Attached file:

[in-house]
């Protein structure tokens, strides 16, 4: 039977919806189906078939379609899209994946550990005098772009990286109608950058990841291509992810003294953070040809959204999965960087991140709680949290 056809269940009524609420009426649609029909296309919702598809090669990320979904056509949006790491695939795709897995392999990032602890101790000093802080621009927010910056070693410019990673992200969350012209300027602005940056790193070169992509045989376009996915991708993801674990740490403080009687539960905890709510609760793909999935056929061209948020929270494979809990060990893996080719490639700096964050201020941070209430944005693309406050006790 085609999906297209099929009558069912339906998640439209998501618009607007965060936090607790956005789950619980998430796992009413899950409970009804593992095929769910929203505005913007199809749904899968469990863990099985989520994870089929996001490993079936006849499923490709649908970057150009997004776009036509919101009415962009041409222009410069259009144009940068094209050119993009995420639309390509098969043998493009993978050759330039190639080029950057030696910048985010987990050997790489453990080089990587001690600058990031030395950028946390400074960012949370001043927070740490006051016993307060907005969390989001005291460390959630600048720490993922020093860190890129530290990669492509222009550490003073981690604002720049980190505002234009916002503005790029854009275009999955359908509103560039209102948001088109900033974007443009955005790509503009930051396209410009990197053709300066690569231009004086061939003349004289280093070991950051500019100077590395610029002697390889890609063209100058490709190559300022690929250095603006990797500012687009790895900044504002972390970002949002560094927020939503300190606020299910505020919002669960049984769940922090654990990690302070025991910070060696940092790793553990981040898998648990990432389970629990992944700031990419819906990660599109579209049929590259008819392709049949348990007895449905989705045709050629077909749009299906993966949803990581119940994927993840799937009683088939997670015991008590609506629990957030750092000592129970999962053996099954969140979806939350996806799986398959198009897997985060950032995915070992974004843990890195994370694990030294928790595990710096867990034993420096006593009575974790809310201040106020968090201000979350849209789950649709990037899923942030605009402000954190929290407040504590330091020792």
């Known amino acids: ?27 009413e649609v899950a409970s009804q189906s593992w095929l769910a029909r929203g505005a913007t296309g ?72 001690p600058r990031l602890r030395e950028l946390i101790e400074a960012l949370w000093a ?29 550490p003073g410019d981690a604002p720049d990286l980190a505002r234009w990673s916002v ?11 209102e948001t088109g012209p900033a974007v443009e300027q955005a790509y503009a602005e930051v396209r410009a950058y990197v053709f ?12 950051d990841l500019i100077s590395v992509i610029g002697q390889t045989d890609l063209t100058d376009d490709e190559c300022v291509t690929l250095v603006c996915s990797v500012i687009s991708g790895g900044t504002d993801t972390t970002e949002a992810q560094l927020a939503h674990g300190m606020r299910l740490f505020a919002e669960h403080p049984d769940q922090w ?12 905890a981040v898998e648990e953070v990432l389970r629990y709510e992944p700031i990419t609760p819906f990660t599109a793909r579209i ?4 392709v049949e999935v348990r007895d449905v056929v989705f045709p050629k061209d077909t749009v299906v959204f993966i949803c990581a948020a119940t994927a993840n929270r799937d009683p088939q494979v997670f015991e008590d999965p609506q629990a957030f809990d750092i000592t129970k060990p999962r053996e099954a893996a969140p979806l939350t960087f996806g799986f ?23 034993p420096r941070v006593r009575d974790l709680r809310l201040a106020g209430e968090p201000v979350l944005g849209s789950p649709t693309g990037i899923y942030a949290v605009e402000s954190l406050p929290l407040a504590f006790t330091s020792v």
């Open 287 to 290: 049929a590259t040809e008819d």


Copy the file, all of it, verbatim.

[in-house]
């Protein structure tokens, strides 16, 4: 039977919806189906078939379609899209994946550990005098772009990286109608950058990841291509992810003294953070040809959204999965960087991140709680949290 056809269940009524609420009426649609029909296309919702598809090669990320979904056509949006790491695939795709897995392999990032602890101790000093802080621009927010910056070693410019990673992200969350012209300027602005940056790193070169992509045989376009996915991708993801674990740490403080009687539960905890709510609760793909999935056929061209948020929270494979809990060990893996080719490639700096964050201020941070209430944005693309406050006790 085609999906297209099929009558069912339906998640439209998501618009607007965060936090607790956005789950619980998430796992009413899950409970009804593992095929769910929203505005913007199809749904899968469990863990099985989520994870089929996001490993079936006849499923490709649908970057150009997004776009036509919101009415962009041409222009410069259009144009940068094209050119993009995420639309390509098969043998493009993978050759330039190639080029950057030696910048985010987990050997790489453990080089990587001690600058990031030395950028946390400074960012949370001043927070740490006051016993307060907005969390989001005291460390959630600048720490993922020093860190890129530290990669492509222009550490003073981690604002720049980190505002234009916002503005790029854009275009999955359908509103560039209102948001088109900033974007443009955005790509503009930051396209410009990197053709300066690569231009004086061939003349004289280093070991950051500019100077590395610029002697390889890609063209100058490709190559300022690929250095603006990797500012687009790895900044504002972390970002949002560094927020939503300190606020299910505020919002669960049984769940922090654990990690302070025991910070060696940092790793553990981040898998648990990432389970629990992944700031990419819906990660599109579209049929590259008819392709049949348990007895449905989705045709050629077909749009299906993966949803990581119940994927993840799937009683088939997670015991008590609506629990957030750092000592129970999962053996099954969140979806939350996806799986398959198009897997985060950032995915070992974004843990890195994370694990030294928790595990710096867990034993420096006593009575974790809310201040106020968090201000979350849209789950649709990037899923942030605009402000954190929290407040504590330091020792």
């Known amino acids: ?27 009413e649609v899950a409970s009804q189906s593992w095929l769910a029909r929203g505005a913007t296309g ?72 001690p600058r990031l602890r030395e950028l946390i101790e400074a960012l949370w000093a ?29 550490p003073g410019d981690a604002p720049d990286l980190a505002r234009w990673s916002v ?11 209102e948001t088109g012209p900033a974007v443009e300027q955005a790509y503009a602005e930051v396209r410009a950058y990197v053709f ?12 950051d990841l500019i100077s590395v992509i610029g002697q390889t045989d890609l063209t100058d376009d490709e190559c300022v291509t690929l250095v603006c996915s990797v500012i687009s991708g790895g900044t504002d993801t972390t970002e949002a992810q560094l927020a939503h674990g300190m606020r299910l740490f505020a919002e669960h403080p049984d769940q922090w ?12 905890a981040v898998e648990e953070v990432l389970r629990y709510e992944p700031i990419t609760p819906f990660t599109a793909r579209i ?4 392709v049949e999935v348990r007895d449905v056929v989705f045709p050629k061209d077909t749009v299906v959204f993966i949803c990581a948020a119940t994927a993840n929270r799937d009683p088939q494979v997670f015991e008590d999965p609506q629990a957030f809990d750092i000592t129970k060990p999962r053996e099954a893996a969140p979806l939350t960087f996806g799986f ?23 034993p420096r941070v006593r009575d974790l709680r809310l201040a106020g209430e968090p201000v979350l944005g849209s789950p649709t693309g990037i899923y942030a949290v605009e402000s954190l406050p929290l407040a504590f006790t330091s020792v």
């Open 287 to 290: 049929a590259t040809e008819d």